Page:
With all the talk of the Cannonball Run movie the other day, I got to thinking about the 2904. While we can all agree that it's an incredibly reckless and otherwise idiotic thing to do (no lectures, please), I can't help but feel like it would be an insane journey.

So, how would you do it?

Considerations: Cost, weight, fuel economy, power, reliability, logistics, theme, stops, safety, police evasion, technology, comfort, and of course style.

Choosing a crown vic gets you -1000 originality points.

Here would be my plan while trying to estimate as conservatively as possible. And hoping for the best.

The car: Mercedes W123 TD wagon

For Example: http://sanantonio.craigslist.org/cto/4255386675…

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Haggle him down to somewhere over a 2K purchase price. From there sell everything that you can to Mercedes Enthusiasts while stripping the car while reducing weight. This includes interior carpets, door cards, exterior trim pieces, everything not essential. Let's say a couple hundred here or there. Convert to bio-diesel and install two 20-25 gallon fuel cells (would probably eat up the profit from selling parts). Since it would be the first time with biodiesel, I would pray it would make it across the country without clogging up the fuel lines or a filter, but who knows.

Convert backseat into a sleeping area and pack the remaining cargo space with empty cardboard boxes that are taped up. Mark the boxes "kitchen", "living room", etc. Make it look like you're moving across country. Slap some NYU or other regional East Coast college stickers on the back window along with some stickers that your grandma would have put on there 15 years ago. Upgrade brakes, wheels, tires, seats, seat belts, ensure safety equipment (all exempt under rules). Right now you're still around $2K. Spend about $400 on all the gadgets you can find. . Leave about $500 in the kitty for emergencies and tolls.

The Team:

3 People. One to drive, One to navigate, One to sleep. Rotate every stop. Mixed genders are key here, it helps when you can convince the cop that your girlfriend and the sleeping buddy in the backseat are moving to Palo Alto to work for that startup. Might also explain the laptops, cell phones and gadgets but probably not.

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The Plan: Slow and steady

Conservative estimates would be that the added fuel capacity would be around 60 gallons. MPG on a 300TD would be 20-23 highway, with the added weight and higher speed, we'll do a conservative estimate of 15mpg. The trip is 2904 miles, again to be conservative we'll round up to 3200 for miscellaneous screw-ups and police dodging.

3200 miles / 15mpg = 213 gallons of fuel.

213 gallons / 60 gallon capacity = 3.5 which basically means 4 stops.

Might as well spread those out equally to make sure you have extra overlap in case of problems. That means a stop approximately every 720

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Coordinate with groups in each city to have bio-fuel ready to be swapped into the tanks at pre-selected stops. These will also serve as the trip's only chance to bathroom break or get supplies. All other bladder needs will have to be handled in the car via bedpans or other disposable devices. Fueling will likely take a while so this can also serve as a chance to check up on the car and make any changes necessary. Barring any emergencies, these will be the only stops in the entire trip. To ensure speed and ease of entry and exit onto the highway, truck stops would be perfect for the rendezvous.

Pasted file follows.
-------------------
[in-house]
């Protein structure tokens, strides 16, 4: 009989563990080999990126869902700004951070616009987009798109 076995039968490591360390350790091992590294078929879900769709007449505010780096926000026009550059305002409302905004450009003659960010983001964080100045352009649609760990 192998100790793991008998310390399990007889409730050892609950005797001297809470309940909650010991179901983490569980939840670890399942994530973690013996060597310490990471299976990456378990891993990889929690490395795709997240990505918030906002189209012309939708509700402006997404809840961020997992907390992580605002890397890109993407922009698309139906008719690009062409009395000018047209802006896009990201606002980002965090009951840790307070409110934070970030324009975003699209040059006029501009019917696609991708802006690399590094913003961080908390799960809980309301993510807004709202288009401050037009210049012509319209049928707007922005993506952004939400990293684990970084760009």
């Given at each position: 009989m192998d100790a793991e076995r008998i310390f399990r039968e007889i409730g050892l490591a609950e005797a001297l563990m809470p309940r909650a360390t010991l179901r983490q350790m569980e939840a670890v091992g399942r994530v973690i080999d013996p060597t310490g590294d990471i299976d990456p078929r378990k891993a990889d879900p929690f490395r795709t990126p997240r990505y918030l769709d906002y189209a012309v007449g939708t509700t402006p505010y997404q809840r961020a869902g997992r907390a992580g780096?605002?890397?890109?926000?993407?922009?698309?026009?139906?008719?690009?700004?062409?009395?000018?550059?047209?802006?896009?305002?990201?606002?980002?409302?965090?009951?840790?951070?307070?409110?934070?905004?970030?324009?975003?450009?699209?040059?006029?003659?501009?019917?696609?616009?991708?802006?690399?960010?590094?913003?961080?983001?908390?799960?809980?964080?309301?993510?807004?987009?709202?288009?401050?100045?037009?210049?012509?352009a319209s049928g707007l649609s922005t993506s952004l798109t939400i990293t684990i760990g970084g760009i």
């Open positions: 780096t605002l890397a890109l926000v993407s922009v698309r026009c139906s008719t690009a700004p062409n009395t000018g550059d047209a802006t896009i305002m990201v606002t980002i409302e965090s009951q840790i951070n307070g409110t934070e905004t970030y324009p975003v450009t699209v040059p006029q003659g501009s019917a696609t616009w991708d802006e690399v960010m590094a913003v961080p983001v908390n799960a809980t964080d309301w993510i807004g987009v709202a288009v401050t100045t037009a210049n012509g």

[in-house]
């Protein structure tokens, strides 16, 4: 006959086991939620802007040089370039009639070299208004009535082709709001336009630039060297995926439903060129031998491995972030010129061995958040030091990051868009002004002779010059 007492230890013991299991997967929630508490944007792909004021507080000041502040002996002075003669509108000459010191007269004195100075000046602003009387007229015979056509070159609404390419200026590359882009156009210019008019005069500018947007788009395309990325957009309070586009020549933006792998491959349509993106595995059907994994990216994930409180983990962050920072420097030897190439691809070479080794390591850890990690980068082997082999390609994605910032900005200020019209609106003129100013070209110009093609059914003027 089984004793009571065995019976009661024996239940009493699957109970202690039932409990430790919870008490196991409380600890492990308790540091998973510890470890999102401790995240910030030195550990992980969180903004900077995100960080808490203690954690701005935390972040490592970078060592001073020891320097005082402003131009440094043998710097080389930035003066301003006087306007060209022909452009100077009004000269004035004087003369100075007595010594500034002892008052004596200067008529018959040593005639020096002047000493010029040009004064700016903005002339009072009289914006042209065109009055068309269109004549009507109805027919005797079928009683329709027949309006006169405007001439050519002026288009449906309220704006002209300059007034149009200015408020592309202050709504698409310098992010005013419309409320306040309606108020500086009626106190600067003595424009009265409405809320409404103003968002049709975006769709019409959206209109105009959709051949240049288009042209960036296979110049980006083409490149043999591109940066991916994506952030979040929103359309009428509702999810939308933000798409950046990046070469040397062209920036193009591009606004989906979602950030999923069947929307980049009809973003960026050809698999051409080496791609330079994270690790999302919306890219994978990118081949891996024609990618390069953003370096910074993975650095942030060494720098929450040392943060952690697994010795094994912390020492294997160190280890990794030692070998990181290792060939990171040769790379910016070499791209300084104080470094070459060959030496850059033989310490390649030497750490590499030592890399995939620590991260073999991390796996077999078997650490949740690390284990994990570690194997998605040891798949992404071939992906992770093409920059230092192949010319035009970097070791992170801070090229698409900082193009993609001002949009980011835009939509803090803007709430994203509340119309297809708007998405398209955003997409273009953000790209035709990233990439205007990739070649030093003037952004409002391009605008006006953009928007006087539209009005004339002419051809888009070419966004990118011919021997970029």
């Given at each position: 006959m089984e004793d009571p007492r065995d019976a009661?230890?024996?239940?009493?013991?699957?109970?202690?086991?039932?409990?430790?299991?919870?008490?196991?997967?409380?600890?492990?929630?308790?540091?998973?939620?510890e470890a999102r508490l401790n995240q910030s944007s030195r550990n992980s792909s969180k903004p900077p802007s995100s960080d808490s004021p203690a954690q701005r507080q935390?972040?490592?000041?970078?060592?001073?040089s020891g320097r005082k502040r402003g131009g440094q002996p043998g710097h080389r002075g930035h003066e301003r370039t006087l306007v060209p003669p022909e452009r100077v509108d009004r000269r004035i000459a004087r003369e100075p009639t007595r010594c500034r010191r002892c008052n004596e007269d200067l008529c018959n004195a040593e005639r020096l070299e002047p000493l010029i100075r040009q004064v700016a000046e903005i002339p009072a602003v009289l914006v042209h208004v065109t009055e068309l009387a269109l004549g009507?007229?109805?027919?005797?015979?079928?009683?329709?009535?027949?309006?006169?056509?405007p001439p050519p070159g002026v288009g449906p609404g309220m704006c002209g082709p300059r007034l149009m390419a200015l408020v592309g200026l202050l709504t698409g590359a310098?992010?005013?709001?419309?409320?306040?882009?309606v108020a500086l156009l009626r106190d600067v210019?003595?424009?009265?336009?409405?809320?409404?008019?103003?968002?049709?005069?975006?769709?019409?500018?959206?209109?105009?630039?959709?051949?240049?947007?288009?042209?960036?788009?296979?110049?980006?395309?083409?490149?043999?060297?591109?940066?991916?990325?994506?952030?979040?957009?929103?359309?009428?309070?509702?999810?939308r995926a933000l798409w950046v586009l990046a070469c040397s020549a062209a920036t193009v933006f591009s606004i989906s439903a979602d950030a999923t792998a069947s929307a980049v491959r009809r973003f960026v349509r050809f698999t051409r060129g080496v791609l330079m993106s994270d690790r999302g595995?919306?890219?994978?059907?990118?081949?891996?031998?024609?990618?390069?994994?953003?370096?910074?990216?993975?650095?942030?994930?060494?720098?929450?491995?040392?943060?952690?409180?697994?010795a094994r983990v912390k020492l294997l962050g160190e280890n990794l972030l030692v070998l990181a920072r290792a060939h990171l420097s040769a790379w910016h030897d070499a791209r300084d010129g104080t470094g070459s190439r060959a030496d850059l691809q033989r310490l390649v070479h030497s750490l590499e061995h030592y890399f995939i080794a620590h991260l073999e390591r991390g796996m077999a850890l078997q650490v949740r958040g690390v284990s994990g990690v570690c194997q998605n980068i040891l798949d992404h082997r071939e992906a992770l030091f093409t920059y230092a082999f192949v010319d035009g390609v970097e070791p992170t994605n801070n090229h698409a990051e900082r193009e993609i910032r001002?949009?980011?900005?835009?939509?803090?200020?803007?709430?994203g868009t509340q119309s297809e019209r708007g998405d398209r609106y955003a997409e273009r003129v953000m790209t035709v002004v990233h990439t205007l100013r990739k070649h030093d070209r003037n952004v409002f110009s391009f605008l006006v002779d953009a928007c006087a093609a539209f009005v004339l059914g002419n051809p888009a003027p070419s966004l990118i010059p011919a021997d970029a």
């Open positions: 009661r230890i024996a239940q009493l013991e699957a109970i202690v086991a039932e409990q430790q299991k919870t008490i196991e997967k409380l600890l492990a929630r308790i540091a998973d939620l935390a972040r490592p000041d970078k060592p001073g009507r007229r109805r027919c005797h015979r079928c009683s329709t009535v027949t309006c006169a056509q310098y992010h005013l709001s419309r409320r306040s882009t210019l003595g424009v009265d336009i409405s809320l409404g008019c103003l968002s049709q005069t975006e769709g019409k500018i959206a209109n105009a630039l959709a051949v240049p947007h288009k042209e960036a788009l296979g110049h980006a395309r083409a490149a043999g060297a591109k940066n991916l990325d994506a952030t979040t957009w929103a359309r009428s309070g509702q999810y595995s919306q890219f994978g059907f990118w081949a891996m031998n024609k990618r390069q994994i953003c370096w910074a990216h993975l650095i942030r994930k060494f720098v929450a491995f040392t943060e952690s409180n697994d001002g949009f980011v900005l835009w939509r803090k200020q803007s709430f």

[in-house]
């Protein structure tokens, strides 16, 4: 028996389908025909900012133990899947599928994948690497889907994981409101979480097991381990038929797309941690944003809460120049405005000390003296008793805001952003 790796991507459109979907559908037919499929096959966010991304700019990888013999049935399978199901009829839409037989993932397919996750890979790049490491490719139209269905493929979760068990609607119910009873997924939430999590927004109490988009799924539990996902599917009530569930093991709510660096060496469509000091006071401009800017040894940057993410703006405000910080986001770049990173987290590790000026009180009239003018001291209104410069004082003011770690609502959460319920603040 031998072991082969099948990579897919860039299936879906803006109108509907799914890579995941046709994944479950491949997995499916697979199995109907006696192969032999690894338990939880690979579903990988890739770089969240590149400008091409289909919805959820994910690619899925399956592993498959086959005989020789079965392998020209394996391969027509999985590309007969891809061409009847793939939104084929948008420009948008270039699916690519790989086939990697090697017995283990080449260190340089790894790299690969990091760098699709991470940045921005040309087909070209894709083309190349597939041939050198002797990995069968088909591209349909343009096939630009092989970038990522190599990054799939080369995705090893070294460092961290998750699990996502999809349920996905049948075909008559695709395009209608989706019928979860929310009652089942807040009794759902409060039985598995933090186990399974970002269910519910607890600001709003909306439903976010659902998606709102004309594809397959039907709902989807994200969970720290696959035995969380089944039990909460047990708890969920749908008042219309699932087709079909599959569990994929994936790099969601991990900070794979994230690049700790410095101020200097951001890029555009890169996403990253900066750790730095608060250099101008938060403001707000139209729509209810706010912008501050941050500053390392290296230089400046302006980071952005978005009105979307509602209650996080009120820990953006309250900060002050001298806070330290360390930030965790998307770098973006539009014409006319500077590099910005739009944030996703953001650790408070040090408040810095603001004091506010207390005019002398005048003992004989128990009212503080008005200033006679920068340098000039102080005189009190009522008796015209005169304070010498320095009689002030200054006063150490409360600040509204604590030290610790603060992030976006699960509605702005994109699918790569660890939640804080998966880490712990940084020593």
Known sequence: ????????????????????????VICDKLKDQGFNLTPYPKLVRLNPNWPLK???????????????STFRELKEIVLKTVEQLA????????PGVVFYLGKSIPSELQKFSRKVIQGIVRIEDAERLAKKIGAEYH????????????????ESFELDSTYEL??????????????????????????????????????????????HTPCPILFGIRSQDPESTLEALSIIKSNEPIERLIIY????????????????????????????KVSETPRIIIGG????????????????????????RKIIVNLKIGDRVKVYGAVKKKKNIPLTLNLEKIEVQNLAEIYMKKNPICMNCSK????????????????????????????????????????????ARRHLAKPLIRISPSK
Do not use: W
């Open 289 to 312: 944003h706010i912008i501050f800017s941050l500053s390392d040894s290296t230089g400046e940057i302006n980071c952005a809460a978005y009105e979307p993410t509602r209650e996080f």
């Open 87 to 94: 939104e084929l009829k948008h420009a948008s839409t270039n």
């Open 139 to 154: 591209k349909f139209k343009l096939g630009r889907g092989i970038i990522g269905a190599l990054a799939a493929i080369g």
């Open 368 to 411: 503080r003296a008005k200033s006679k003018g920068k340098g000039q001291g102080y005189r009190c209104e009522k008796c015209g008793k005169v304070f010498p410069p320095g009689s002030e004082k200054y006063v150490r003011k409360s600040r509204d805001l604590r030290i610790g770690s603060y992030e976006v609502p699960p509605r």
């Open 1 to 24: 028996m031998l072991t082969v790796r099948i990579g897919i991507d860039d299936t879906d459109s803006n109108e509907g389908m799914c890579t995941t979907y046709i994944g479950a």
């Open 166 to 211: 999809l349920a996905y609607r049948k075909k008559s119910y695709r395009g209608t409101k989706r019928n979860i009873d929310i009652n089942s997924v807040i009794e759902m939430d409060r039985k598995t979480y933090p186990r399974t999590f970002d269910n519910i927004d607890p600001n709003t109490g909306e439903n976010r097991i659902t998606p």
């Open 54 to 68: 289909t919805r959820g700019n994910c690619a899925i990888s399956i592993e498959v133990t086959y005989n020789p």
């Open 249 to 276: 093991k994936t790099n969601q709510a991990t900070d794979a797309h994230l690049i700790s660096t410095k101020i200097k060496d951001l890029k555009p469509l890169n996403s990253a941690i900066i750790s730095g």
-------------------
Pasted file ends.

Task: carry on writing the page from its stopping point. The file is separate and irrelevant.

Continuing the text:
We're looking to break 36 hours here, so it's going to be tight. That means maintaining an average pace of 80mph throughout the trip and stopping every 8-9 hours. Top speed in a wagon with that kind of weight is going to be rather low. Hopefully if you've done your job on the weight shedding, you can keep it around 90 miles an hour for the open highway portions of the trip. A average highway speed of 85 mph means each stop can be about 30 minutes and you have a spare 30 minutes throughout the trip. Hopefully you can get that beast up a few more mph or make your stops more efficient to help out but I'm not expecting miracles here. The low speed will also hopefully keep you off of some of the country's law enforcement shitlist.

Note, the following estimates are just based off google maps, obviously planning a route would take a much more in-depth approach.

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Shift 1: NY to Indiana.

Since this is the beginning leg of the trip, I imagine no one would need to sleep. Driver 1 drives, Driver 2 navs and keeps an eye out for smokies. Driver 3 monitors radios and other devices. Stop somewhere outside of South Bend or Indianapolis depending on which route you're taking. Celebrate the fact that you just made it through Ohio in one piece.

Shift 2: Indiana to Nebraska

Driver 1 heads to the backseat to get some rest, Driver 2 takes the wheel, and Driver 3 takes over nav and monitor duty. Stop somewhere around Kearney, Nebraska for refuel and maintenance. You're halfway there.

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Shift 3: Nebraska to the Utah / Wyoming border

Same rotation, Driver 3 heads to the wheel, Driver 2 gets some rest, Driver 1 takes over nav and lookout.

Shift 4: San Francisco Bound

Same organization as shift 1. If all goes according to plan, you've made it and maybe even won.